For as long as I’ve been alive, the world of self-help has struggled with the same problems and has always been held back by the same fundamental problem: it doesn’t work! As many of you know, the self-help industry has a 97 percent failure rate among its clients. Not only that, but insiders say that the 3 percent that do succeed in improving their lives probably would have succeeded anyway. So maybe the question we should be asking is, “what are those 3 percent doing differently?”
When you strip it down to the absolute basics, self-help is about making better decisions. Even if your problem is an unconscious one, the solution must begin as a conscious decision. For example, many of my tools such as Trilogy and Memory Engineering allow you to address unconscious problems, but you have to make a conscious decision to use them first. So let’s address that directly. Why do 97 percent of us (including me, by the way) fail to make the decisions that are best for us, even when we know what they are?
I should use a practical example, so let’s say that I’m trying to lose weight. Weight loss books are the top-selling category of books, not only in the self-help industry but in any industry, so this is right up our alley. But there’s a problem: I love ice-cream. Blue Bell is my personal favorite, and there’s sure to be a point in my day when I think about how good it would taste. That image in my head is instantly compared with every image in my memory banks from throughout my entire life, and I conclude that a bowl of Cookies and Cream would taste really, really good.
But that’s not the only thought I have. Remember, I’ve already made a conscious decision to try and lose weight, so now I have another impulse, what you might call my conscience, or a deep gut “vibe,” as Dr. Bruce Lipton calls it. My instinct for pleasure is up against what I believe is right for me, a classic self-help situation. But here’s what they don’t tell you…
See, if there was something about the situation that was recorded in my memories as a trauma, then my brain would take that as a cue to send me into physiological stress. But that’s not the case here, right? Ice cream is about as innocent as it gets, and even if I went against my conscience, it’s not like it’s a crime or a sin or anything, right?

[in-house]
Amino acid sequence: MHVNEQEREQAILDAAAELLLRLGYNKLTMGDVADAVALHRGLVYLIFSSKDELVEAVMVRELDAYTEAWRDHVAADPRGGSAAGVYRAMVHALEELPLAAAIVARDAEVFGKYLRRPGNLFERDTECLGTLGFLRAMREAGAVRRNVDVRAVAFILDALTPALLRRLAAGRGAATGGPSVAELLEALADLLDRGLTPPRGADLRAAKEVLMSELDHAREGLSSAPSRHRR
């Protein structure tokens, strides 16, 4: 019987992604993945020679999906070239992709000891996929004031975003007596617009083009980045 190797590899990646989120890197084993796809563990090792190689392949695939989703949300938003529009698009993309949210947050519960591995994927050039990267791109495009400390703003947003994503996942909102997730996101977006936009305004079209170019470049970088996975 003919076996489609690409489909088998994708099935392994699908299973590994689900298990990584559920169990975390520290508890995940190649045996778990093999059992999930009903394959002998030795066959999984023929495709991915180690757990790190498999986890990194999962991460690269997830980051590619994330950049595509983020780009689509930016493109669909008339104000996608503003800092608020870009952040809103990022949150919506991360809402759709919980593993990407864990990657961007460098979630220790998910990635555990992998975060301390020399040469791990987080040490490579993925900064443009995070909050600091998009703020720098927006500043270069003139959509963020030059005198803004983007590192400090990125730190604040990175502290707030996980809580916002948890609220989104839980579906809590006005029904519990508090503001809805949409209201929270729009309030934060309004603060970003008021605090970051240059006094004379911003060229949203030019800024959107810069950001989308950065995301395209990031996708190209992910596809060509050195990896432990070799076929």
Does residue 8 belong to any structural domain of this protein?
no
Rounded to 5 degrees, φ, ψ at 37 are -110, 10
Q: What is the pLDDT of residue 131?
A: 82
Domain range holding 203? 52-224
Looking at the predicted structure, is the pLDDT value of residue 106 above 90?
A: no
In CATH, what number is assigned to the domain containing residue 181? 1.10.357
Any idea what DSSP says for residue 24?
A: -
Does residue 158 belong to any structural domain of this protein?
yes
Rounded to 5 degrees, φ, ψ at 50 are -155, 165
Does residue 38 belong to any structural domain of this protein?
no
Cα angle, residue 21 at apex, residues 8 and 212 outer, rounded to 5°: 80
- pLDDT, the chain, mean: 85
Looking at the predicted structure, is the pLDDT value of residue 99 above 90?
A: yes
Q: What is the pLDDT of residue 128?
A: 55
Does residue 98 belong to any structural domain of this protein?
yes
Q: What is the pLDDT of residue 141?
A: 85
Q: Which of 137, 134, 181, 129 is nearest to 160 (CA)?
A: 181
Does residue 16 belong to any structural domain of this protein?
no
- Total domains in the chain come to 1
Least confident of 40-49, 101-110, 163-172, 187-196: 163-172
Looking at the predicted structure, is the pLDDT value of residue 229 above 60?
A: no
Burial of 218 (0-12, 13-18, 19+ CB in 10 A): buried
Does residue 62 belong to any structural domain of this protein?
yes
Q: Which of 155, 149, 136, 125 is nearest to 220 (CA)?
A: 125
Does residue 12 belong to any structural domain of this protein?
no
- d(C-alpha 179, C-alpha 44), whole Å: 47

Well, not exactly. As far as your conscience is concerned, if you believe that it is not the right, good, loving thing for you at that moment, it might as well be a crime or a sin—and it can often create a physiological effect similar to experiencing a real trauma.
What’s worse, when you imagine doing something you believe is wrong—say that I resist the urge to eat the ice cream right away, but I can’t stop myself from thinking about it—your hypothalamus releases the brain chemicals associated with both positivity and negativity, oxytocin and endorphins plus adrenaline and cortisol, etc., etc. This chemical cocktail is overwhelming, almost like cocaine or heroin. Not only does it make you far more likely to do the thing you believe is wrong—almost to the point of being irresistible—it is also very addictive, so it becomes much more likely that you’ll make the same mistake again.
Now, the same sort of thing can also occur when you don’t do something you believe you should. You may not get the positive chemicals from indulging in a temporary pleasure, so it may not be as chemically addictive, but the choices you make are still habit-forming and can still put you into stress, or not. For example, if I see that the garbage needs to be taken out and feel a prompt from my conscience or vibe or whatever you want to call it, it’s very easy for me to rationalize that I’m busy this morning, or that I did it last time, or that it’s more Hope’s thing than mine. But what is going to make the difference to me, chemically and physically, is that deep, subconscious belief, and whether I choose to abide by it or not. You might think that it doesn’t really matter since it’s such a small thing. But the truth is that the difference in our daily life experience is determined by small things much more often than big ones.
It’s easy enough to talk about the biology behind all of this, and another thing to put it into practice. Unfortunately, many of us have been caught in this chemical cycle for long enough that it may not be possible to immediately swim against the current. That’s what our tools are for. Use Trilogy and use Memory Engineering to clean away the unconscious responses that are holding you back. But even more importantly, make a vow to yourself that you’ll start living according to what you really, deep down, believe is right.
In life, I believe we have two choices. We can choose to live according to “what’s in it for me?” Which brings sadness, anxiety, anger, and pain. Alternatively, we can choose to live according to love in the present moment, which brings love, joy, peace, and pain. There is no path without pain. The key is to find something meaningful that makes the pain worthwhile. That in turn will determine your daily life experience, whether you experience primarily positive or negative thoughts and feelings, and to a large extent, even your physical health.
Have a blessed, wonderful day!
Dr. Alex Loyd